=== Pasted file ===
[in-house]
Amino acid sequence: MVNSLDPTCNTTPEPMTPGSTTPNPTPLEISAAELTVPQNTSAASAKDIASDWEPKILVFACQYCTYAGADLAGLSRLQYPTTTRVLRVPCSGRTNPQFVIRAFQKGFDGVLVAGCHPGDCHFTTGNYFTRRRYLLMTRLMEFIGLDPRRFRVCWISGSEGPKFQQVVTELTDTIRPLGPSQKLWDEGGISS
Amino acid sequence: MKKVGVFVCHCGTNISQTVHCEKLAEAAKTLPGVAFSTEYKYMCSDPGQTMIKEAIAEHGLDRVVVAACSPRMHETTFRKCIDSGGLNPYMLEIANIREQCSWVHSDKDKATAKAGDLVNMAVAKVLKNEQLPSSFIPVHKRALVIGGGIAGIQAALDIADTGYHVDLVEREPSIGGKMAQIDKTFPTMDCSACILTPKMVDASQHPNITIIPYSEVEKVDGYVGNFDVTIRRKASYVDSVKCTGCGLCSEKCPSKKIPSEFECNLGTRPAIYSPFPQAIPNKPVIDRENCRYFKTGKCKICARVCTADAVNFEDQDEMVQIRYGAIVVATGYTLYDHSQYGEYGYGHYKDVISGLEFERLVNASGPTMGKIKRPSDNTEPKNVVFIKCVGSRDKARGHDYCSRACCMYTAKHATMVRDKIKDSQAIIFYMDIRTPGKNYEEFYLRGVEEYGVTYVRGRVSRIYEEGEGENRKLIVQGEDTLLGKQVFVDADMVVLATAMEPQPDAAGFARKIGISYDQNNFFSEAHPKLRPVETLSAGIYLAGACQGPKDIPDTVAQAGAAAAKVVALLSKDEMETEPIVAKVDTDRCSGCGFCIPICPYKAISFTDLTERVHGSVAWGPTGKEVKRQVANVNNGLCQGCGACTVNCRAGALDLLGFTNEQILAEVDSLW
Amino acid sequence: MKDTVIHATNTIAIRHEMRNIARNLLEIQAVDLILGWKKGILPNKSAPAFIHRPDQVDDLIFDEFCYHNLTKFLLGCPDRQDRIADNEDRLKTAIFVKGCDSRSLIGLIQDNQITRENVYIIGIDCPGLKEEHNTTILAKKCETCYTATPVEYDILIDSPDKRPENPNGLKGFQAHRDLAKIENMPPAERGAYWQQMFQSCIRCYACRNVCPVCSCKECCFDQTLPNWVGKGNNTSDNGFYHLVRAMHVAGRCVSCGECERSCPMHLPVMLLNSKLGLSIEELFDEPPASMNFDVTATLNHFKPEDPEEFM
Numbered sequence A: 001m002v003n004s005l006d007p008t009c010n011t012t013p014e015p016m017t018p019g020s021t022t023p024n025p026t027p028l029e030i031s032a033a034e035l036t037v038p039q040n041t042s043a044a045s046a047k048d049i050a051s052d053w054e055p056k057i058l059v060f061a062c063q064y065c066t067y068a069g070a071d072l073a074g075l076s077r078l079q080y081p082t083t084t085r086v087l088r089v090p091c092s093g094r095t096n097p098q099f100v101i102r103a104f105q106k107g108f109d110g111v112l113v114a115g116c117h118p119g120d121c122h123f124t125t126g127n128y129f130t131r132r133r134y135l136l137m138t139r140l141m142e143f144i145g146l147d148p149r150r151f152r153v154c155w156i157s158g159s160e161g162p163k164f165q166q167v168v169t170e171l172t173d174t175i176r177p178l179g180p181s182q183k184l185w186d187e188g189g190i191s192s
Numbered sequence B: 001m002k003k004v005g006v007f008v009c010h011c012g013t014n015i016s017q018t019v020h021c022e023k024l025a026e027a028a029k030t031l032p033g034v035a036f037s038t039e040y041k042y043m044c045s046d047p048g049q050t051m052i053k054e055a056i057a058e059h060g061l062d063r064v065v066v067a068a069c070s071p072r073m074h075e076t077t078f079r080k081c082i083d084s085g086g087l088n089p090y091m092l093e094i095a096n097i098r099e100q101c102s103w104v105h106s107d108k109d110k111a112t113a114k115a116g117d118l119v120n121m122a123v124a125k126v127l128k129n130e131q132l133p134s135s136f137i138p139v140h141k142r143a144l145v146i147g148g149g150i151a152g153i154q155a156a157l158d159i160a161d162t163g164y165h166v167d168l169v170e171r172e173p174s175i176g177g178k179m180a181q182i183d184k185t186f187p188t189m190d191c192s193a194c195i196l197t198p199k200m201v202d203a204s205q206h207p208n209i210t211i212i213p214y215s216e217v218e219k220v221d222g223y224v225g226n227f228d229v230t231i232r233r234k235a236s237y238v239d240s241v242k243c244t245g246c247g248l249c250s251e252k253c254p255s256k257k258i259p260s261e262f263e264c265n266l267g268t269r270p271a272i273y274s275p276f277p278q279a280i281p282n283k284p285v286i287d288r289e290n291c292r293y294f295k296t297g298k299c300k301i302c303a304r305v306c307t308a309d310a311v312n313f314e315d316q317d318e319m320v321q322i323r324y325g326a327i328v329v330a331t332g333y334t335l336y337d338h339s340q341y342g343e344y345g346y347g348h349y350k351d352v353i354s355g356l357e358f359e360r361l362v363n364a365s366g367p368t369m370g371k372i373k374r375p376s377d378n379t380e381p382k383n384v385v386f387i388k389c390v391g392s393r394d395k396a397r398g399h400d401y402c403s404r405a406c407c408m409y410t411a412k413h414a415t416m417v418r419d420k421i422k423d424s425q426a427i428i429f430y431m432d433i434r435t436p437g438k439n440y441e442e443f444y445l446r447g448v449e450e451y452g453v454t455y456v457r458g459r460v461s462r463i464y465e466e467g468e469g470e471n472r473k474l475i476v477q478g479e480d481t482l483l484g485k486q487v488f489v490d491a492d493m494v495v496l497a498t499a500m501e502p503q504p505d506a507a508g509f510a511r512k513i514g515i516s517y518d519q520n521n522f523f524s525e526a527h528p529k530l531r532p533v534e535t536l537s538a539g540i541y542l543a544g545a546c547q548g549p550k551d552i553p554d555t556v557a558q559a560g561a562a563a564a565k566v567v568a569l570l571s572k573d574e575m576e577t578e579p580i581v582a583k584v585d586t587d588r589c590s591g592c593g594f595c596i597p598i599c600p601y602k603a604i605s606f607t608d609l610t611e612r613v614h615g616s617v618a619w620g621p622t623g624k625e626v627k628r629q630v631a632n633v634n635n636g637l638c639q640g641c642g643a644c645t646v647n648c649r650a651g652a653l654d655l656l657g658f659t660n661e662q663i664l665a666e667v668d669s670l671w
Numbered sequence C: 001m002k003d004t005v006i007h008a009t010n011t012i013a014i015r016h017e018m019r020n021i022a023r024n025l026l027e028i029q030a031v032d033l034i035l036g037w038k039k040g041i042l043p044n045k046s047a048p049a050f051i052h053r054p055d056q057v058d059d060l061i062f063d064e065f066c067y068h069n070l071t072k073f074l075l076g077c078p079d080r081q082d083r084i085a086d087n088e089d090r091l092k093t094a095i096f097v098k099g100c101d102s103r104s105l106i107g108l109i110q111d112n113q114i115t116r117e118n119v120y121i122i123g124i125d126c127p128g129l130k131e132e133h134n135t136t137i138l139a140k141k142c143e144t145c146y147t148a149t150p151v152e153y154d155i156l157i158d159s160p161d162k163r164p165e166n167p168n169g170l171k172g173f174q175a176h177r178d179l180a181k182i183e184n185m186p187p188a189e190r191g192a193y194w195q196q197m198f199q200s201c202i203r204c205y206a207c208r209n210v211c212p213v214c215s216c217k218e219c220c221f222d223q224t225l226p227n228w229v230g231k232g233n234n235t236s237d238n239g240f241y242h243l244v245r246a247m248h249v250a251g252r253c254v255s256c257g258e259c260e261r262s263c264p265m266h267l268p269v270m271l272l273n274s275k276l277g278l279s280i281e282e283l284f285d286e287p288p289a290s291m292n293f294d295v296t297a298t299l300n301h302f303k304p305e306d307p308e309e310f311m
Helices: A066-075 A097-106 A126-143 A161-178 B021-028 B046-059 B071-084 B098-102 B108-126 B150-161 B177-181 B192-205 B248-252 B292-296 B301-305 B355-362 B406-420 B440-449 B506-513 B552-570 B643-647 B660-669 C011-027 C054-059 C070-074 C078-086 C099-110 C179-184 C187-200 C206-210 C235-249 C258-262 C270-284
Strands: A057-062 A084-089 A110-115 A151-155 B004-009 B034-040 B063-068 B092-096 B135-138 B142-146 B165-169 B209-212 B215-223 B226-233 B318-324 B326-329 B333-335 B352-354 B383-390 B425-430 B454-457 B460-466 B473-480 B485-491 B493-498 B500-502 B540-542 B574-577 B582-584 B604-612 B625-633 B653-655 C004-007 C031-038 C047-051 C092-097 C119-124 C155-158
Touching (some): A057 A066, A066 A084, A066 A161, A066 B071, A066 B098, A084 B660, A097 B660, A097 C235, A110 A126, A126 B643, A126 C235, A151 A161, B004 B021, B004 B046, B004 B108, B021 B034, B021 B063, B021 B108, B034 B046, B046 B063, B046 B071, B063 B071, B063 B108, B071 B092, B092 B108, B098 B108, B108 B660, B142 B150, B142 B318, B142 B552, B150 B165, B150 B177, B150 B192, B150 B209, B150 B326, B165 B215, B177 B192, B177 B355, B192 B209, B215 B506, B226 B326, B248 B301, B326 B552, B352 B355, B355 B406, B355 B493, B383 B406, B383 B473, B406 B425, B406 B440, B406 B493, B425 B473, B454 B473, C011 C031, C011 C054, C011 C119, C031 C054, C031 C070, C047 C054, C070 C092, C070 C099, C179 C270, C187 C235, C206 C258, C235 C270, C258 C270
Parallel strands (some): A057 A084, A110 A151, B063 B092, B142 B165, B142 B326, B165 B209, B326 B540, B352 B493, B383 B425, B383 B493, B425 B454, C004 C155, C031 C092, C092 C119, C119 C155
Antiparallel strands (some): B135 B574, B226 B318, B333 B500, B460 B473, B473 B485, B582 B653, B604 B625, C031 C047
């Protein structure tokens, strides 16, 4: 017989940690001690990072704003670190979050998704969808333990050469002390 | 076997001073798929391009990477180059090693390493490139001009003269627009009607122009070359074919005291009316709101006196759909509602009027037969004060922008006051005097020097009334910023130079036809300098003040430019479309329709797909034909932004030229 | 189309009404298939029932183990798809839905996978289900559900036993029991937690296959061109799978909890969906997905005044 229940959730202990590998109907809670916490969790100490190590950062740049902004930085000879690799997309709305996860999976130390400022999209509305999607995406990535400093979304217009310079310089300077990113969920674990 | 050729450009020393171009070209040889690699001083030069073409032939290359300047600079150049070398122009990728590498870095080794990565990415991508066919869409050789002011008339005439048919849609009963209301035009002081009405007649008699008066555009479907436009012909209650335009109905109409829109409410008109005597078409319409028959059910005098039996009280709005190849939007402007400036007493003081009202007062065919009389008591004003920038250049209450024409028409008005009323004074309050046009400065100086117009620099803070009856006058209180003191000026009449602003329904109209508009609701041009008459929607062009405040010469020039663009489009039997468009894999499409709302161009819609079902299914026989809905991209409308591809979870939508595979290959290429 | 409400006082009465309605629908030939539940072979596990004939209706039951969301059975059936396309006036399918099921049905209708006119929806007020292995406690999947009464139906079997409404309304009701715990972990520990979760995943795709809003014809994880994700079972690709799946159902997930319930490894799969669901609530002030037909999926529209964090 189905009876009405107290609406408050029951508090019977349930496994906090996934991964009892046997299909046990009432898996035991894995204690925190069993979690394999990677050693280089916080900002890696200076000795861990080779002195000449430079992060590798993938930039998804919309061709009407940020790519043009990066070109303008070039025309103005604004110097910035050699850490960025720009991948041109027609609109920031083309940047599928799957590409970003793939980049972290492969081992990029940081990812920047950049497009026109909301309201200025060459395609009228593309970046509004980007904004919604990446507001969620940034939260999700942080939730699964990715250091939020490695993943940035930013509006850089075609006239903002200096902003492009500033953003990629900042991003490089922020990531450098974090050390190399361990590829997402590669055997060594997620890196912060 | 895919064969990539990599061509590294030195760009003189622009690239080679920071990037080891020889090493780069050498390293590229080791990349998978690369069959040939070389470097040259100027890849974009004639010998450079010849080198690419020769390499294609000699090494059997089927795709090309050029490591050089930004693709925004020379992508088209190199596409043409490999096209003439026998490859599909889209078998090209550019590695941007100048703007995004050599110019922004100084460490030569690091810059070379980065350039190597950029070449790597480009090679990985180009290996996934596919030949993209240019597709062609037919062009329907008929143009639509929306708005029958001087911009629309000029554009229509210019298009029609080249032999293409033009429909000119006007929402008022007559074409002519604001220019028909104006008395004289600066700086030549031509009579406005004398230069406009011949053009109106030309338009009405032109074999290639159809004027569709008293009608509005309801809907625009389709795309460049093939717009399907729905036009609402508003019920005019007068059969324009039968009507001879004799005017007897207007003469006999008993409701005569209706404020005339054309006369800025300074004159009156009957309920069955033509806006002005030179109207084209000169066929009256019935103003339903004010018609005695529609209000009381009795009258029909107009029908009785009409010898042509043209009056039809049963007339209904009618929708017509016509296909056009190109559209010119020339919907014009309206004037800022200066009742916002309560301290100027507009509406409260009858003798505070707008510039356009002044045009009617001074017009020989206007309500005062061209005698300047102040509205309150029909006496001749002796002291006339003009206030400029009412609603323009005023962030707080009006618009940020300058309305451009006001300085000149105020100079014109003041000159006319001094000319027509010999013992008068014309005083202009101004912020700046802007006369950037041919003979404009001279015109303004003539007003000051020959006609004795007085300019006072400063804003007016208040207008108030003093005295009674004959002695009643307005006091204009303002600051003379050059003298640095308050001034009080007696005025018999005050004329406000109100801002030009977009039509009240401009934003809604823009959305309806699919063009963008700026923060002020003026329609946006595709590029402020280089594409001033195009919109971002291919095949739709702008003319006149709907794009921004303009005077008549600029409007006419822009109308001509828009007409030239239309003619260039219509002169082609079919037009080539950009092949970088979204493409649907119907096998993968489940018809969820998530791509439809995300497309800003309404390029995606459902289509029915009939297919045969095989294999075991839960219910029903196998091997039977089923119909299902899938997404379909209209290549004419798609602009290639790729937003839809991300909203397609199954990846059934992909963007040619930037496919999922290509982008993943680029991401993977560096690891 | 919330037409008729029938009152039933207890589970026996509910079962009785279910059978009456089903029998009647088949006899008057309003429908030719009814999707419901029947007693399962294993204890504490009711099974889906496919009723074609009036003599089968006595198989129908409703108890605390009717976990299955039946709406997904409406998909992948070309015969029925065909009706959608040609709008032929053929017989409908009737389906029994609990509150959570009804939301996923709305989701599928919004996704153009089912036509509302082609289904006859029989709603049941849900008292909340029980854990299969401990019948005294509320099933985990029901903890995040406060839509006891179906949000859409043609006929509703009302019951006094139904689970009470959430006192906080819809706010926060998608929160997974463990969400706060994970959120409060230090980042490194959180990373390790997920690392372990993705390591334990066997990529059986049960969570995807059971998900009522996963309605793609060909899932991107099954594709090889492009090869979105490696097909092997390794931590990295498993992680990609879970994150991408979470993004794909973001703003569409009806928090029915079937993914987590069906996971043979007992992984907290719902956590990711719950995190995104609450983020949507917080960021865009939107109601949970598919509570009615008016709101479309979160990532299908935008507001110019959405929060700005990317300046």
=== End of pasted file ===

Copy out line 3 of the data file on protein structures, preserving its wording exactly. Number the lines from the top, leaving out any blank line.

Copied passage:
Amino acid sequence: MKKVGVFVCHCGTNISQTVHCEKLAEAAKTLPGVAFSTEYKYMCSDPGQTMIKEAIAEHGLDRVVVAACSPRMHETTFRKCIDSGGLNPYMLEIANIREQCSWVHSDKDKATAKAGDLVNMAVAKVLKNEQLPSSFIPVHKRALVIGGGIAGIQAALDIADTGYHVDLVEREPSIGGKMAQIDKTFPTMDCSACILTPKMVDASQHPNITIIPYSEVEKVDGYVGNFDVTIRRKASYVDSVKCTGCGLCSEKCPSKKIPSEFECNLGTRPAIYSPFPQAIPNKPVIDRENCRYFKTGKCKICARVCTADAVNFEDQDEMVQIRYGAIVVATGYTLYDHSQYGEYGYGHYKDVISGLEFERLVNASGPTMGKIKRPSDNTEPKNVVFIKCVGSRDKARGHDYCSRACCMYTAKHATMVRDKIKDSQAIIFYMDIRTPGKNYEEFYLRGVEEYGVTYVRGRVSRIYEEGEGENRKLIVQGEDTLLGKQVFVDADMVVLATAMEPQPDAAGFARKIGISYDQNNFFSEAHPKLRPVETLSAGIYLAGACQGPKDIPDTVAQAGAAAAKVVALLSKDEMETEPIVAKVDTDRCSGCGFCIPICPYKAISFTDLTERVHGSVAWGPTGKEVKRQVANVNNGLCQGCGACTVNCRAGALDLLGFTNEQILAEVDSLW